Tuesday, June 19, 2018
Text Size

EMT Lee honored for poise, professionalism

altAll Travis Lee knew when his pager went off at 4 a.m. on July 10, 2011, was that there was an injury accident on Interstate 80 between Cozad and Gothenburg.

He had no idea he would relive what he saw over and over for the next year ... and beyond.


In the middle section of a motor home traveling from Ohio to Colorado, Peter Smith was putting on his shoes while his wife Linda drove, his sister and brother-in-law rode and his two children lay sleeping in the back of the vehicle.

A sudden loud impact in the rear of the camper caused an explosion, sending the vehicle crumbling into the pavement.

Glass shattered and metal scraped on metal as a semi-trailer ground along the driver’s side of the camper.

When the vehicle came to a stop, flames were shooting up over the windshield as Peter’s relatives attempted to get his injured wife out of the driver’s seat.

When Peter turned to the back of the camper to get his children out, he leapt toward the sleeping compartment, only to fall through and land on the road.

He feared his children had died in the debris that was strewn behind the RV amid the oncoming traffic.


As the assistant rescue chief in Cozad and a registered EMT, Lee was responsible for coordinating the efforts of those aboard the ambulance that hot summer night.

“We learned through radio communication as we were driving from the fire hall to the scene that there were children involved and that they had been ejected,” Lee said.

That was little mental preparation for what those emergency responders saw.

“The camper was basically disintegrated and there were clothes and everything all over the road,” Lee said. “And the fire from the semi was all around us. It was horrible.”

It didn’t take long for Lee to realize how bad the accident was. His EMT training kicked in.

“There were two children, both lying in the driving lanes,” Lee said. “I knew right away we needed to help them.”

It took roughly 10 minutes for Lee and his crew to stabilize 12-year-old Will Smith, the most critically injured of the victims, and have him ready for transport.

“My responsibility was to give orders and provide care,” Lee said

Two other family members were attended to at the same time.


In a letter to the awards chairman of the Nebraska Statewide EMS Conference, Peter Smith recounted the shocking details of the accident and the proficient actions of Lee and his rescue crew.

“He ordered up the necessary equipment to stabilize and backboard Will with swift but careful precision,” Peter Smith wrote. “His professional poise under dangerous conditions, with the nearby truck explosions and fire, made his act of unselfish bravery all the more impressive.

“I have never, in my life, witnessed such composure and sharp thinking from a person in such a horrible scene.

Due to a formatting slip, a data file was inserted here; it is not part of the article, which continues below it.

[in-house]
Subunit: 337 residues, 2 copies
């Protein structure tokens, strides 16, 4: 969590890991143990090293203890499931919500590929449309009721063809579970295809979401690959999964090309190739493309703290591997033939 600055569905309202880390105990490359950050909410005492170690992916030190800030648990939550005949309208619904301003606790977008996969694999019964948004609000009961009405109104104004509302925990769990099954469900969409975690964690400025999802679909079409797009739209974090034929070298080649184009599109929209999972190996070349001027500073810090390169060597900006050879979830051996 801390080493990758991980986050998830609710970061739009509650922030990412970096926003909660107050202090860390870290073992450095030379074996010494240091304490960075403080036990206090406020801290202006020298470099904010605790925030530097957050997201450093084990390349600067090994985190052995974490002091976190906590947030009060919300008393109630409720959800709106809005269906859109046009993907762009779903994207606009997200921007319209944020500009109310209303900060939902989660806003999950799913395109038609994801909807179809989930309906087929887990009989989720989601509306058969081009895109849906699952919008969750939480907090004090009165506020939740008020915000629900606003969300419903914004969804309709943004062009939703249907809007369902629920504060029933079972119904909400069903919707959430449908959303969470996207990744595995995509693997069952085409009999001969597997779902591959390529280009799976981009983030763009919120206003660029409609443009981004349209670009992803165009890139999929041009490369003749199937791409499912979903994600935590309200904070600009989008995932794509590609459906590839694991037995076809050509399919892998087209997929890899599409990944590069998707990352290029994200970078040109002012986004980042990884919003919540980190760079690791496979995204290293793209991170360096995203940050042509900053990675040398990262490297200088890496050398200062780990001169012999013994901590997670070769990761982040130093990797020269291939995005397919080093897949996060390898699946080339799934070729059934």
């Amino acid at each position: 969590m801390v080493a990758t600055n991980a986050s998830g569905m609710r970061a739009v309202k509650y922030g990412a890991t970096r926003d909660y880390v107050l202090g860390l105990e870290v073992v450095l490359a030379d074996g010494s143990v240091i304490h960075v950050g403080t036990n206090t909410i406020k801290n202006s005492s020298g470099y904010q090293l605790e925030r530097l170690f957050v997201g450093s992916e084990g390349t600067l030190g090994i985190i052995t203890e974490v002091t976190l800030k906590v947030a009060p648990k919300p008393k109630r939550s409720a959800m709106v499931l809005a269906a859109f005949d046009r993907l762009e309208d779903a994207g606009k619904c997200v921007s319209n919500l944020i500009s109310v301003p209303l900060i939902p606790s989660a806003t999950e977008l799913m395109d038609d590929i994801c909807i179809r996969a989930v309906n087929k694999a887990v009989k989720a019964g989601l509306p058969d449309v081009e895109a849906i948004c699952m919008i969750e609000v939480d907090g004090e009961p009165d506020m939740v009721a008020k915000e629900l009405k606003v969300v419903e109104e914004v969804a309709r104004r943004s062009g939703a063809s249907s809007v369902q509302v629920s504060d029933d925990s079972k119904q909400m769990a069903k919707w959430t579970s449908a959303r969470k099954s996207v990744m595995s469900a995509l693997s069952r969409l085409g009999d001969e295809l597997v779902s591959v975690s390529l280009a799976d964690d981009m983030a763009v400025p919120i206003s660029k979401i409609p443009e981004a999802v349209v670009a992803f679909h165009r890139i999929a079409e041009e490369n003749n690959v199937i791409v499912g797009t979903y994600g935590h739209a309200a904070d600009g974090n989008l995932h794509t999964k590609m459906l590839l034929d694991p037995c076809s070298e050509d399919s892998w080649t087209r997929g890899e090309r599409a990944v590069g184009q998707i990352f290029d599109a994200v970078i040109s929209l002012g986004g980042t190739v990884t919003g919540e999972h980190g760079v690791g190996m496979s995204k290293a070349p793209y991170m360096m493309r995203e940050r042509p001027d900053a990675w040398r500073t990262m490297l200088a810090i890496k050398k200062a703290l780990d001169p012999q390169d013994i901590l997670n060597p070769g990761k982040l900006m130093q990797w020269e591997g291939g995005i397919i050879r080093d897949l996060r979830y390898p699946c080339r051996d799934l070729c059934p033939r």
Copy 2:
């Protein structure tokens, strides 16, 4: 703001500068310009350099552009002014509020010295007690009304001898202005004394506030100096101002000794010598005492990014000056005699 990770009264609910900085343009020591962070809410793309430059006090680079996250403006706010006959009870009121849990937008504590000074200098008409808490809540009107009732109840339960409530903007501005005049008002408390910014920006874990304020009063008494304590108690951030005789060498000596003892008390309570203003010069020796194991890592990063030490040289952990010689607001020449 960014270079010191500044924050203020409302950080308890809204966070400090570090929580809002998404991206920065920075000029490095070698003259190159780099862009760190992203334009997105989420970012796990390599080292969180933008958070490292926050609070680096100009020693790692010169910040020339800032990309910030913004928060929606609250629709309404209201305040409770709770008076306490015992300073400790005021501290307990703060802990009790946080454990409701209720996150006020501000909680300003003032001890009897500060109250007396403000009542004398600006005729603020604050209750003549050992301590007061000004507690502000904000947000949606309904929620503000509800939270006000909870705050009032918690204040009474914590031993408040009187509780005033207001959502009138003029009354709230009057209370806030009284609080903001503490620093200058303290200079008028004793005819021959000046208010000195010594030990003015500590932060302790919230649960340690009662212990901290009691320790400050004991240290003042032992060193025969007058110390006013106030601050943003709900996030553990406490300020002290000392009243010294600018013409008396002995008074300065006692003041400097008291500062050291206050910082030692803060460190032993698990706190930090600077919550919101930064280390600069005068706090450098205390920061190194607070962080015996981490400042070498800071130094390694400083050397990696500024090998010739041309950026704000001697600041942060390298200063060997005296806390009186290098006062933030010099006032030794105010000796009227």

“Travis Lee braved fire and explosions to rescue my son, Will. He assessed a volatile situation and a victim’s serious condition and took appropriate action that saved the life of a boy with a traumatic brain injury. Today, that boy can talk, may walk again and is the son we nearly lost and now have back.”


As Lee sat at the Nebraska Statewide EMS Conference in Kearney listening to a speaker reading a letter, the situation being relayed sounded familiar.

And the images in his mind suddenly became all too clear.

He could once again see the camper, the fire, the still bodies.

“I think I relived the whole thing again,” he said.

When Lee was announced as Nebraska’s EMS Person of the Year, he was floored, speechless and grateful he was in a room of fellow EMTs.

“I kind of got to thinking I might need an EMT myself at that moment,” he joked.

Honored and overwhelmed, Lee is still trying to soak it all in.

“I was just floored,” Lee said of the award, “but in the end, it doesn’t change what I do. My goal is still and always will be to provide the best care possible on every rescue call.”


Will Smith spent five weeks in Kearney’s Good Samaritan Hospital after being transferred there from Cozad Community Hospital the night of the accident.

The neurosurgeon offered little hope, at the time, that Will would recover from the brain injury.

But after four more months in Columbus Nationwide Hospital in Ohio, Will was discharged on Dec. 14, 2011, to recover at home.

Although Will Smith and his rescuer have yet to meet in person, Lee has kept tabs on the boy.

“For awhile, I checked the Caring Bridge webpage every day,” Lee said. “It’s amazing how connected you can feel to a person you’ve only come in contact with through an accident scene.”

Peter Smith assures Lee through his award nomination letter that he will meet Will in person one day.

“We hope to return to Nebraska,” Peter wrote. “Will does not know Travis but I’m sure the hug he will eventually give him will only be a small way of saying thank you.”


Travis Lee moved to Cozad in 1991. He has been a member of the Cozad Volunteer Fire Department for 14 years and an EMT with the squad for 12 years.

Lee works as operations coordinator for Dawson Tire and Wheel in Gothenburg, overseeing shipping and receiving.

Lee and his wife, Candi, have been married 18 years. They have two sons. Devin, 17, hopes to study fire and rescue after high school. Jonathan is a 16-year-old sophomore in Cozad.